To provide a clearer landscape of the characteristics of EOCRC in Chinese patients, we conduct a nationwide survey, comparing the demographic, clinicopathological features, disease knowledge, treatment, and HRQOL, aimed at identity the characteristics of the EOCRC and LOCRC among CRC patients in China.


Study design

This is a nationwide multicenter cross-sectional survey and the comprehensive study design has been previously published [11]. The study was conducted from March 2020 to March 2021. Advanced colorectal cancer patients were sampled using a multi-stage sampling method. In the first stage, two cities of each geographic regions (Eastern China, Northern China, Central China, Southern China, Northeast China, Southwest China, and Northwest China) of Chinese mainland were selected by simple random sampling. In the second stage, one tertiary cancer hospital and/or one general hospital were selected in each city with inclusion on the basis that (1) they can provide diagnosis, surgery, radiotherapy, chemotherapy and routine follow- up care for patients with CRC; and (2) visiting patients are from different parts of the region. Finally, a total of 19 hospitals were selected. The detailed information on enrollment data for 19 hospitals from 7 regions is presented in Fig. 1 and Table S1.

Fig. 1
figure 1

Map of the 19 hospitals and geographical regions in China. Note The corresponding hospitals for each number are detailed in Table S1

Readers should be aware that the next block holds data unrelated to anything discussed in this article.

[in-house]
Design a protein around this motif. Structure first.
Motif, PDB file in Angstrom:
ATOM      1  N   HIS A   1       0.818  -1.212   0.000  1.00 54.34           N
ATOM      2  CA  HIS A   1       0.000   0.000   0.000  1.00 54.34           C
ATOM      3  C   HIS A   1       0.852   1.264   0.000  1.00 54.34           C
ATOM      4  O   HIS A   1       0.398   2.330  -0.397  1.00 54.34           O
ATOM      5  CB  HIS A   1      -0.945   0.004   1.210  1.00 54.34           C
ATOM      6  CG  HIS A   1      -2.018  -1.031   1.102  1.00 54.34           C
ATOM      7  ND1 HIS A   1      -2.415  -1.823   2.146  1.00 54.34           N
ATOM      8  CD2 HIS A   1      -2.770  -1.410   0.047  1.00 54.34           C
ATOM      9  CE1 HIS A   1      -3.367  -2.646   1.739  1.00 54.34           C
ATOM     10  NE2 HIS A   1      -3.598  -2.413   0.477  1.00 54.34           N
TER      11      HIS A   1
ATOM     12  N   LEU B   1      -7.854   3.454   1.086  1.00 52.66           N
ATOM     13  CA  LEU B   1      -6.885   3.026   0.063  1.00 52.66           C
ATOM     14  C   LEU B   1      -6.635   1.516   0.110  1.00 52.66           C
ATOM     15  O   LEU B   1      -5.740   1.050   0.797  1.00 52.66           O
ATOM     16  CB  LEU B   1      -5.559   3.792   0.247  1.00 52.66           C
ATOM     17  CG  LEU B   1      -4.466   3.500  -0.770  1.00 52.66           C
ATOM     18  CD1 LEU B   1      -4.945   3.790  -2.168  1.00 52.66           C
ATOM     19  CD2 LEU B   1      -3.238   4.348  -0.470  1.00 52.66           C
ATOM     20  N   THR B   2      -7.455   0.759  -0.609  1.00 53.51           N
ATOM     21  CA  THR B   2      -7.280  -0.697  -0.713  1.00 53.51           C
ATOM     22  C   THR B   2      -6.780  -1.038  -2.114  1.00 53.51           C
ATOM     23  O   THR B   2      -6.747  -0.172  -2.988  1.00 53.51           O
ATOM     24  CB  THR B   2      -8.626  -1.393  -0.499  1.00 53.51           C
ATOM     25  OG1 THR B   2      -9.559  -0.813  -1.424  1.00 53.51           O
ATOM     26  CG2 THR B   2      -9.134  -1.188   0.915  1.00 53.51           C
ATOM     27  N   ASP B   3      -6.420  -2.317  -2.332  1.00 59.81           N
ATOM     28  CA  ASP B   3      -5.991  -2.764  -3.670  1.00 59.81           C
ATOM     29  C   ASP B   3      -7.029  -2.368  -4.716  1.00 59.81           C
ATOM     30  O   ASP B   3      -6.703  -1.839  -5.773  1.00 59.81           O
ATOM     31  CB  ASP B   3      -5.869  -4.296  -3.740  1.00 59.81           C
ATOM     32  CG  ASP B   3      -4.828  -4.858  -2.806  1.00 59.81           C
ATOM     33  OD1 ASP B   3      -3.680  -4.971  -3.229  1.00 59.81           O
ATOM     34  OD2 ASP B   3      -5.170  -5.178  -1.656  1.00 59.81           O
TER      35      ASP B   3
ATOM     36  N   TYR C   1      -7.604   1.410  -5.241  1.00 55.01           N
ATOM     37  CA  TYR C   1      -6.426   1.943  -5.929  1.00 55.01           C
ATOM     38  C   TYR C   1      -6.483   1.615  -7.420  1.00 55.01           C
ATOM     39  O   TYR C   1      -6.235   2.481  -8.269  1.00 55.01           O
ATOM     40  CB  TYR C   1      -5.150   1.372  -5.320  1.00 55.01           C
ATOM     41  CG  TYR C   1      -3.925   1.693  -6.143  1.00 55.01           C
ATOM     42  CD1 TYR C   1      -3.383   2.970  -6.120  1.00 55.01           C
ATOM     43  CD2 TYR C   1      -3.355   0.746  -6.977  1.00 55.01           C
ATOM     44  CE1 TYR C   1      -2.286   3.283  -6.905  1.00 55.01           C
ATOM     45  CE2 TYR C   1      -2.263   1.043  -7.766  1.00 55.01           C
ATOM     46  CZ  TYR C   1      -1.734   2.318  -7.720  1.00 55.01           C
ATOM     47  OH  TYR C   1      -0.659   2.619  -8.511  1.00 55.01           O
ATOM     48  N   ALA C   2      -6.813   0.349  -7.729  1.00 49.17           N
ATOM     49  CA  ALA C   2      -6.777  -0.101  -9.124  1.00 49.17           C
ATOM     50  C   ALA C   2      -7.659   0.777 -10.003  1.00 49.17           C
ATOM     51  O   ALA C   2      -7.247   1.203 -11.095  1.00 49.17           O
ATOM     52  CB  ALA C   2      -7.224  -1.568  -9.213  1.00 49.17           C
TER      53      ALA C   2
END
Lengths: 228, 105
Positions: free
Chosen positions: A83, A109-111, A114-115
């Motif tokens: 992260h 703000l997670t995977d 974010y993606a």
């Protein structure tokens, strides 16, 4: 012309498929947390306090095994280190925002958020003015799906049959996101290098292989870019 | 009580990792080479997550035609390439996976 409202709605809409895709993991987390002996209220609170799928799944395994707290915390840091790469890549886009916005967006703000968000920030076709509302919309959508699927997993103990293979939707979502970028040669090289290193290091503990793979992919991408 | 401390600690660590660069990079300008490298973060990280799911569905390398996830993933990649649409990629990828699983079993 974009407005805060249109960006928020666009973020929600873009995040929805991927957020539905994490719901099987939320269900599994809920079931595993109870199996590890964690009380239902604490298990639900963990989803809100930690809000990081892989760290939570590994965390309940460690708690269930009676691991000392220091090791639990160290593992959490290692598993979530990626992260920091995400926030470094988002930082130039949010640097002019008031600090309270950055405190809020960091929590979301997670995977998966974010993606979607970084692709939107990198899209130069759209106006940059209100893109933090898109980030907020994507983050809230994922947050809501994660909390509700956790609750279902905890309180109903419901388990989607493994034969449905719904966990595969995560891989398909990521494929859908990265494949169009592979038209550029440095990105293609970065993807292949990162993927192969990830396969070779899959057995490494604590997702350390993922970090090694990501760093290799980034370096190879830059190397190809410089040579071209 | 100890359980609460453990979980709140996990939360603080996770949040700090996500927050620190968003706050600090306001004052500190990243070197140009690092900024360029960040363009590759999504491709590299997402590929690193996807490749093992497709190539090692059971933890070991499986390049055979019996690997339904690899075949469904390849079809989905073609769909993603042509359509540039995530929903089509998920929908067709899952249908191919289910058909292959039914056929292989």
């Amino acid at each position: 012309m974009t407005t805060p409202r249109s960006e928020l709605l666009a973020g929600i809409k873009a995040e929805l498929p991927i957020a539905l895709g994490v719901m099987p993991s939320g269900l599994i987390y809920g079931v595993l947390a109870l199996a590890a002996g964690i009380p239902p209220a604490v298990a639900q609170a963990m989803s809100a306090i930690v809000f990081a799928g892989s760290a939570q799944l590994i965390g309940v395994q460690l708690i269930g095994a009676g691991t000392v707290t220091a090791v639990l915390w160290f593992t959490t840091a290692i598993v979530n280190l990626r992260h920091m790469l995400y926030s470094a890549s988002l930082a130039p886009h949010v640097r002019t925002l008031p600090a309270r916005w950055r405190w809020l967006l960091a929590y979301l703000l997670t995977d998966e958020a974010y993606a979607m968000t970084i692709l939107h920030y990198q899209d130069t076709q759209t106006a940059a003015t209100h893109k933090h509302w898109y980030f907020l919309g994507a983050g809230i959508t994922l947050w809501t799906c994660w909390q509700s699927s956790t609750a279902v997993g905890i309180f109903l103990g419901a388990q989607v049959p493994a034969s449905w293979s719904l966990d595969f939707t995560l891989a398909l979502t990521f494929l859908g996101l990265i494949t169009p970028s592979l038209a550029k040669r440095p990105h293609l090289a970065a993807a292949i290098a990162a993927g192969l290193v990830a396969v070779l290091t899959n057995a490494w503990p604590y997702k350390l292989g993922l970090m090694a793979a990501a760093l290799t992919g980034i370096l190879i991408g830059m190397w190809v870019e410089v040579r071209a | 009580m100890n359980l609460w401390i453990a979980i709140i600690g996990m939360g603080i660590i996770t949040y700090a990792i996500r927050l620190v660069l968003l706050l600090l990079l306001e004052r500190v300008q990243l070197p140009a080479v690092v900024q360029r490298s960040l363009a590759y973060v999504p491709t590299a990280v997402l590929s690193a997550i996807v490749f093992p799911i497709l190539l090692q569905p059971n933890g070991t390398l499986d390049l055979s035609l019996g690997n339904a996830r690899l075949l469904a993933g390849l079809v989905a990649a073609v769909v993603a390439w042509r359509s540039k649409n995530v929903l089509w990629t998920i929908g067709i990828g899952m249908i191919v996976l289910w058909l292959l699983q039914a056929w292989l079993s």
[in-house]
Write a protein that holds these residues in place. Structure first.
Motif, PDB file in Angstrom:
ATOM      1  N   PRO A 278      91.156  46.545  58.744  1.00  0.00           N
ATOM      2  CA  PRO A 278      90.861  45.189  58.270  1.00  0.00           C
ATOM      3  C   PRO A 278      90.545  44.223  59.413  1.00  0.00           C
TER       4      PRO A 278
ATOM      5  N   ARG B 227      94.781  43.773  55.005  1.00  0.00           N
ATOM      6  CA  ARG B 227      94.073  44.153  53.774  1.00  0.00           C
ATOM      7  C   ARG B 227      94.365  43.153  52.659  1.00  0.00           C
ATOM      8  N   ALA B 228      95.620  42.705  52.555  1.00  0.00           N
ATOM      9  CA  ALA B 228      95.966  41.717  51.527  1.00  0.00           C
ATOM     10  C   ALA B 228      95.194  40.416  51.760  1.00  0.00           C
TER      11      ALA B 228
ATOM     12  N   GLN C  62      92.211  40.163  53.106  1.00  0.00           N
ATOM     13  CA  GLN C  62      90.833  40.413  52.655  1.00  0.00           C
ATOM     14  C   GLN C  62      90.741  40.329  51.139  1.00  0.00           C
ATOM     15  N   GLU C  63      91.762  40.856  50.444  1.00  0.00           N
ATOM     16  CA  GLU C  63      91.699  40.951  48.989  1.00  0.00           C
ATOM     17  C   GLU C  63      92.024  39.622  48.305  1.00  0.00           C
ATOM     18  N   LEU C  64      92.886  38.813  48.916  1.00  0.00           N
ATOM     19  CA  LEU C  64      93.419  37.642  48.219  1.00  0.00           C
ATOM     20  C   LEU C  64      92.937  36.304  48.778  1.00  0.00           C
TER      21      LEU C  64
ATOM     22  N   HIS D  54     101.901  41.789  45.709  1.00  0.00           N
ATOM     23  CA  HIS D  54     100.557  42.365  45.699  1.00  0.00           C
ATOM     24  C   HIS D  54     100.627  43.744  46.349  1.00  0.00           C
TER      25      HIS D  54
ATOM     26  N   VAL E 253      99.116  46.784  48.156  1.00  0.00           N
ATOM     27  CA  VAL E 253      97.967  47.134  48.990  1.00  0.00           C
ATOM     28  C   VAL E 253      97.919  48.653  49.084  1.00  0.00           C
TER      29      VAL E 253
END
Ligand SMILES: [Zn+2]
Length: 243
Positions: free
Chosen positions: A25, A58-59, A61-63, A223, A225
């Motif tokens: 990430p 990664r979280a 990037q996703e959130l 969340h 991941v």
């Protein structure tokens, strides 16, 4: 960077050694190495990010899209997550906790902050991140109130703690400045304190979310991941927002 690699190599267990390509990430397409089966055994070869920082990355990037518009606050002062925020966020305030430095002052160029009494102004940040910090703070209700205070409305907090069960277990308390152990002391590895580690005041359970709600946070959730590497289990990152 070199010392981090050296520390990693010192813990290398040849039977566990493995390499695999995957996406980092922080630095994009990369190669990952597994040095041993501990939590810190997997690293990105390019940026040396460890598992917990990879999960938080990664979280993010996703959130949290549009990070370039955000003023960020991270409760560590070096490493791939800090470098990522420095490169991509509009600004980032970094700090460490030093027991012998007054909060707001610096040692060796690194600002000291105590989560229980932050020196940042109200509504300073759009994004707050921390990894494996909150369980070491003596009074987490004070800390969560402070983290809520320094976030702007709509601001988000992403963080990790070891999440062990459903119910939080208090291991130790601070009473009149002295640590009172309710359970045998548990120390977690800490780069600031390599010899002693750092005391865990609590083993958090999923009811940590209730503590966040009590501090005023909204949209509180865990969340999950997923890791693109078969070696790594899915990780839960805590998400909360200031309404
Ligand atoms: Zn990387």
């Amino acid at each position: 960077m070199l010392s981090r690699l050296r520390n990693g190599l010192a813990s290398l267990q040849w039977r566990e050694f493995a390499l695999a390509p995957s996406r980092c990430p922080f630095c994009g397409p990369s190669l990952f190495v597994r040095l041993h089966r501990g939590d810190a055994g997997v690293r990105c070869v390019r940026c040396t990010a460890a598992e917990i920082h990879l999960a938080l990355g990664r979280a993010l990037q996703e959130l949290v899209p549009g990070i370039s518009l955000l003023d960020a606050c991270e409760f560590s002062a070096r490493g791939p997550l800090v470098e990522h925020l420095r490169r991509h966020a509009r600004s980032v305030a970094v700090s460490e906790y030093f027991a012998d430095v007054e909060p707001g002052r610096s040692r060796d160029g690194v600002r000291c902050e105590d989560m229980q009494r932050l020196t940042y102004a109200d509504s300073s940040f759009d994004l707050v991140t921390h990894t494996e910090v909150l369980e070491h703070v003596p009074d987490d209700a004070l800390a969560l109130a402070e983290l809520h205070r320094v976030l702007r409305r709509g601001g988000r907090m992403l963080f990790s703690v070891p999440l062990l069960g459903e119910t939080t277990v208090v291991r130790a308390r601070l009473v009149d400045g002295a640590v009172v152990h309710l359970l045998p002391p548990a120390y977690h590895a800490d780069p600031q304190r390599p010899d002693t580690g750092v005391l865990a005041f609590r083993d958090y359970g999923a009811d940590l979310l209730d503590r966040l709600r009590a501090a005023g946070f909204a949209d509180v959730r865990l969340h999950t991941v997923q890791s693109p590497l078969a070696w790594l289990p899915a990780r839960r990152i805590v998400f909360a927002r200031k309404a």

In the present study, the primary objective is to compare the demographic, clinical features, disease knowledge, and HRQOL between EOCRC and LOCRC patients. For secondary objectives, we delve into the treatment patterns, factors influencing HRQOL, and the variations in disease management practices between EOCRC and LOCRC patients.

Inclusion and exclusion criteria

Patients who met the following inclusion criteria were included: (1) are diagnosed with stage III or IV CRC at the survey, (2) are aged ≥ 18 years old, (3) are inpatients and (4) provide the informed consent. Patients will be excluded if they had severe physical, cognitive and/or verbal impairments that would interfere with a patient’s ability to complete the questionnaire.


Demographic and clinicopathologic characteristics

Demographic data were collected through a standardized self-report questionnaire, including age at the first diagnosis of CRC, gender, marital status, education level, geographic region, and occupation. Clinicopathological characteristics included the site of cancer occurrence (colon or rectum), pathological TNM stage at first diagnosis, metastatic status at the survey, the reason for the initial hospital visit, and the number of hospitals visited.

Awareness of CRC risk factors, screening, and treatment

Patients’ awareness regarding high-risk factors for colorectal cancer, CRC screening procedures, and treatment options before their diagnosis was gathered through a semi-structured questionnaire (SSQ). The SSQ was developed following the Chinese guidelines [12, 13]. It comprises three multiple-choice questions, and detailed information on the questions is presented in Table S2. Further details about the SSQ can be found in a previously published study [11].

Patients’ experiences with CRC screening, diagnosis, and treatment